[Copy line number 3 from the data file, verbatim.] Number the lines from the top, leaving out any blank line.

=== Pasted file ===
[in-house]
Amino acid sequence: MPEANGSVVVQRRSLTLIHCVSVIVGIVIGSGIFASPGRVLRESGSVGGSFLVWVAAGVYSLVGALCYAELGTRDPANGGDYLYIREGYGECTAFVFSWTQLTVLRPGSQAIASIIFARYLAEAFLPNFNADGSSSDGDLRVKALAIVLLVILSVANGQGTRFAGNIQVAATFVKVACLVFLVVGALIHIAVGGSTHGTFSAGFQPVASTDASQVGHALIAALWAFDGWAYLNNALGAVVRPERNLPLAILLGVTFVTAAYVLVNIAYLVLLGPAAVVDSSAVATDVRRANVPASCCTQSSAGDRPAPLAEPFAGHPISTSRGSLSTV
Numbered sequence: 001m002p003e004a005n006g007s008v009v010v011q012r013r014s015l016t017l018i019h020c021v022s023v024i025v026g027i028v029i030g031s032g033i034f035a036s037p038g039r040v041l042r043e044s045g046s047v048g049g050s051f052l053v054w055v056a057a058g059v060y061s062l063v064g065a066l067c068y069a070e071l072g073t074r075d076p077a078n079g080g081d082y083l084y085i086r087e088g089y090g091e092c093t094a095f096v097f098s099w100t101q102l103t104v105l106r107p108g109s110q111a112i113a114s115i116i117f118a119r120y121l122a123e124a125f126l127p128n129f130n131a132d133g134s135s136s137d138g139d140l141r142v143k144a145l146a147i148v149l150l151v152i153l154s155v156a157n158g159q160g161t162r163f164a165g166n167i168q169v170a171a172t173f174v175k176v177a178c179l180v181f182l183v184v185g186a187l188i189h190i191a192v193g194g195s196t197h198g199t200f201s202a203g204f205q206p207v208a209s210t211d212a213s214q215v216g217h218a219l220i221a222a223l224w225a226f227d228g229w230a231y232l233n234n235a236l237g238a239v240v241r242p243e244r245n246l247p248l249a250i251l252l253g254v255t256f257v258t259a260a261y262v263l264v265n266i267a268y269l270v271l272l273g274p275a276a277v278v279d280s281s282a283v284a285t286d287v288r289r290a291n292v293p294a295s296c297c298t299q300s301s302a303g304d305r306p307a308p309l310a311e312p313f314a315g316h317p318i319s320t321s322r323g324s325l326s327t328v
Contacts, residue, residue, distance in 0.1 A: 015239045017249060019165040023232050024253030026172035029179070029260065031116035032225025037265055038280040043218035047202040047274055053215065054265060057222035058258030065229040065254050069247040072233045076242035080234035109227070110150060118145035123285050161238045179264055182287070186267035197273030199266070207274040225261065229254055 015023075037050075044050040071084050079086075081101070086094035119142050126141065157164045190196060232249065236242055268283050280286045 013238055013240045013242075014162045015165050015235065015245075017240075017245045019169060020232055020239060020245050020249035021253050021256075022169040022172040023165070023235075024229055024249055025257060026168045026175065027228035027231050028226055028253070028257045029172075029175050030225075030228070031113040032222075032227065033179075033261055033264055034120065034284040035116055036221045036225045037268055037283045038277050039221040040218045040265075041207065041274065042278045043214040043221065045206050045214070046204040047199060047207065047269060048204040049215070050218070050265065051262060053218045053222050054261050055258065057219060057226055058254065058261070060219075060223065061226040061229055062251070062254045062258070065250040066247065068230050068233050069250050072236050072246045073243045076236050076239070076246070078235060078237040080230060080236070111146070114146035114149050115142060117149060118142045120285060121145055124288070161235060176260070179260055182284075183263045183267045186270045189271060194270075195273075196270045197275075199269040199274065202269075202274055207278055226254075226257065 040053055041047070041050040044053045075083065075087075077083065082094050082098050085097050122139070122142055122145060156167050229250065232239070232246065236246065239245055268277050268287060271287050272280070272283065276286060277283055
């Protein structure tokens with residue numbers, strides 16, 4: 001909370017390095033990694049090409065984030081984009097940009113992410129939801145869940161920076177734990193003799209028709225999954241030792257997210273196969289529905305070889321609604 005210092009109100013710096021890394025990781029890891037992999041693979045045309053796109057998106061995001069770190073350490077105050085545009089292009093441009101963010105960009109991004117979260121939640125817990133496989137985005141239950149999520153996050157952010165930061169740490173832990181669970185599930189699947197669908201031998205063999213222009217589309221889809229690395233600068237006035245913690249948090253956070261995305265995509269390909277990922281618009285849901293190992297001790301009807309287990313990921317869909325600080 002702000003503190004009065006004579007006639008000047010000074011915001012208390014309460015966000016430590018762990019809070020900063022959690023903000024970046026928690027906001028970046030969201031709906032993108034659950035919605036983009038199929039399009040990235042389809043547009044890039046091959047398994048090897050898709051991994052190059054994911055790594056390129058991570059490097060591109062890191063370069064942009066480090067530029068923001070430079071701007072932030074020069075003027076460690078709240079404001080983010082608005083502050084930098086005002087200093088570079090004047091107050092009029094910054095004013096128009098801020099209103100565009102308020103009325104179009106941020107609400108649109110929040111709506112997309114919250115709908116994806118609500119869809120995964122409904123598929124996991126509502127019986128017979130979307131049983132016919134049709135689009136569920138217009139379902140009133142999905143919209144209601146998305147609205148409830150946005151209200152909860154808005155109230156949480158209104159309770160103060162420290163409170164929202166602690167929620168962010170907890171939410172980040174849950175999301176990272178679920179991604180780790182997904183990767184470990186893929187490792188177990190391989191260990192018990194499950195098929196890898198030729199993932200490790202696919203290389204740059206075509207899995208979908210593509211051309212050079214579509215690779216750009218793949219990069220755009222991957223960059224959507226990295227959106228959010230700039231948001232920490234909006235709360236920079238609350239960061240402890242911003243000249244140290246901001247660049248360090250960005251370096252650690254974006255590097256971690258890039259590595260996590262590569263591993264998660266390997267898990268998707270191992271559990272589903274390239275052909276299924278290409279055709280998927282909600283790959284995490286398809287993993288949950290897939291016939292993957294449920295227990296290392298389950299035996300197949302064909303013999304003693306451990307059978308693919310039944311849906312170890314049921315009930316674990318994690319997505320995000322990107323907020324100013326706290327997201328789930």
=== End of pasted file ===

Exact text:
Numbered sequence: 001m002p003e004a005n006g007s008v009v010v011q012r013r014s015l016t017l018i019h020c021v022s023v024i025v026g027i028v029i030g031s032g033i034f035a036s037p038g039r040v041l042r043e044s045g046s047v048g049g050s051f052l053v054w055v056a057a058g059v060y061s062l063v064g065a066l067c068y069a070e071l072g073t074r075d076p077a078n079g080g081d082y083l084y085i086r087e088g089y090g091e092c093t094a095f096v097f098s099w100t101q102l103t104v105l106r107p108g109s110q111a112i113a114s115i116i117f118a119r120y121l122a123e124a125f126l127p128n129f130n131a132d133g134s135s136s137d138g139d140l141r142v143k144a145l146a147i148v149l150l151v152i153l154s155v156a157n158g159q160g161t162r163f164a165g166n167i168q169v170a171a172t173f174v175k176v177a178c179l180v181f182l183v184v185g186a187l188i189h190i191a192v193g194g195s196t197h198g199t200f201s202a203g204f205q206p207v208a209s210t211d212a213s214q215v216g217h218a219l220i221a222a223l224w225a226f227d228g229w230a231y232l233n234n235a236l237g238a239v240v241r242p243e244r245n246l247p248l249a250i251l252l253g254v255t256f257v258t259a260a261y262v263l264v265n266i267a268y269l270v271l272l273g274p275a276a277v278v279d280s281s282a283v284a285t286d287v288r289r290a291n292v293p294a295s296c297c298t299q300s301s302a303g304d305r306p307a308p309l310a311e312p313f314a315g316h317p318i319s320t321s322r323g324s325l326s327t328v